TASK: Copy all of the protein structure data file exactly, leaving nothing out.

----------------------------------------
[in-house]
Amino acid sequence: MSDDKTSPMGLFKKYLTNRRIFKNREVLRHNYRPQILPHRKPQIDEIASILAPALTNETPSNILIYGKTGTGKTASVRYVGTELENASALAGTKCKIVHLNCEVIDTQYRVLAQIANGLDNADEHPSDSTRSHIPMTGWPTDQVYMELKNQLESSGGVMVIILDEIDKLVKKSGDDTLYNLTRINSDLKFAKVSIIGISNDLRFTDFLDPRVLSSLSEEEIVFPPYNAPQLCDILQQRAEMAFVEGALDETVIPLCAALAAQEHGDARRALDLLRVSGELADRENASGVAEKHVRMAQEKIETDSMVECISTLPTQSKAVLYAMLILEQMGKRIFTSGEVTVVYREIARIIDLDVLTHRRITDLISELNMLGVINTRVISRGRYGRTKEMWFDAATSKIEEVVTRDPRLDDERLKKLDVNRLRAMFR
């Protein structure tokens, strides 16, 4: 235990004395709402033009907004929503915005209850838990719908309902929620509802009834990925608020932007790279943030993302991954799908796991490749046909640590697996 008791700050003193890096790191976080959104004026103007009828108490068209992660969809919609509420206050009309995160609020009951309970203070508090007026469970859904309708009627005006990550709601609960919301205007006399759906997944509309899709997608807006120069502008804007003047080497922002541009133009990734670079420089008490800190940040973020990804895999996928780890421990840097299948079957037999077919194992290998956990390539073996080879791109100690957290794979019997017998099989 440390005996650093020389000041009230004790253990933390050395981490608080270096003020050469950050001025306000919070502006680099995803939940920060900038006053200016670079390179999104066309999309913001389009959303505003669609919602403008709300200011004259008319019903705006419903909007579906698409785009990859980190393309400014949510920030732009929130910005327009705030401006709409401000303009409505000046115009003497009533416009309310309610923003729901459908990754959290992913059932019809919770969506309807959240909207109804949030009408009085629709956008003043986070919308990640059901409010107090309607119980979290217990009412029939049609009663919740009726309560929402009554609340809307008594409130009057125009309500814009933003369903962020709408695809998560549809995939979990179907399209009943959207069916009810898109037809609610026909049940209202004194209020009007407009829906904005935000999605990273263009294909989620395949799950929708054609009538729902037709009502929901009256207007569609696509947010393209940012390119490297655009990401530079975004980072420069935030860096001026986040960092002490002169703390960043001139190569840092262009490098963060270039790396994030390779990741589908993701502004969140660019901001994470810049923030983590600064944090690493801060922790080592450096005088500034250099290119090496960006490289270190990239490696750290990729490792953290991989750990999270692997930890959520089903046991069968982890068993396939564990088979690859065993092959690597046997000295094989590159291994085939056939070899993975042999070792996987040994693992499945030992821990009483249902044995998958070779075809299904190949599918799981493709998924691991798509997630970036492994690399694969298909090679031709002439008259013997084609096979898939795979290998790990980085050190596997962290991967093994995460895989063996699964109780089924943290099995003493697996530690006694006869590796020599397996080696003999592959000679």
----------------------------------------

[in-house]
Amino acid sequence: MSDDKTSPMGLFKKYLTNRRIFKNREVLRHNYRPQILPHRKPQIDEIASILAPALTNETPSNILIYGKTGTGKTASVRYVGTELENASALAGTKCKIVHLNCEVIDTQYRVLAQIANGLDNADEHPSDSTRSHIPMTGWPTDQVYMELKNQLESSGGVMVIILDEIDKLVKKSGDDTLYNLTRINSDLKFAKVSIIGISNDLRFTDFLDPRVLSSLSEEEIVFPPYNAPQLCDILQQRAEMAFVEGALDETVIPLCAALAAQEHGDARRALDLLRVSGELADRENASGVAEKHVRMAQEKIETDSMVECISTLPTQSKAVLYAMLILEQMGKRIFTSGEVTVVYREIARIIDLDVLTHRRITDLISELNMLGVINTRVISRGRYGRTKEMWFDAATSKIEEVVTRDPRLDDERLKKLDVNRLRAMFR
């Protein structure tokens, strides 16, 4: 235990004395709402033009907004929503915005209850838990719908309902929620509802009834990925608020932007790279943030993302991954799908796991490749046909640590697996 008791700050003193890096790191976080959104004026103007009828108490068209992660969809919609509420206050009309995160609020009951309970203070508090007026469970859904309708009627005006990550709601609960919301205007006399759906997944509309899709997608807006120069502008804007003047080497922002541009133009990734670079420089008490800190940040973020990804895999996928780890421990840097299948079957037999077919194992290998956990390539073996080879791109100690957290794979019997017998099989 440390005996650093020389000041009230004790253990933390050395981490608080270096003020050469950050001025306000919070502006680099995803939940920060900038006053200016670079390179999104066309999309913001389009959303505003669609919602403008709300200011004259008319019903705006419903909007579906698409785009990859980190393309400014949510920030732009929130910005327009705030401006709409401000303009409505000046115009003497009533416009309310309610923003729901459908990754959290992913059932019809919770969506309807959240909207109804949030009408009085629709956008003043986070919308990640059901409010107090309607119980979290217990009412029939049609009663919740009726309560929402009554609340809307008594409130009057125009309500814009933003369903962020709408695809998560549809995939979990179907399209009943959207069916009810898109037809609610026909049940209202004194209020009007407009829906904005935000999605990273263009294909989620395949799950929708054609009538729902037709009502929901009256207007569609696509947010393209940012390119490297655009990401530079975004980072420069935030860096001026986040960092002490002169703390960043001139190569840092262009490098963060270039790396994030390779990741589908993701502004969140660019901001994470810049923030983590600064944090690493801060922790080592450096005088500034250099290119090496960006490289270190990239490696750290990729490792953290991989750990999270692997930890959520089903046991069968982890068993396939564990088979690859065993092959690597046997000295094989590159291994085939056939070899993975042999070792996987040994693992499945030992821990009483249902044995998958070779075809299904190949599918799981493709998924691991798509997630970036492994690399694969298909090679031709002439008259013997084609096979898939795979290998790990980085050190596997962290991967093994995460895989063996699964109780089924943290099995003493697996530690006694006869590796020599397996080696003999592959000679």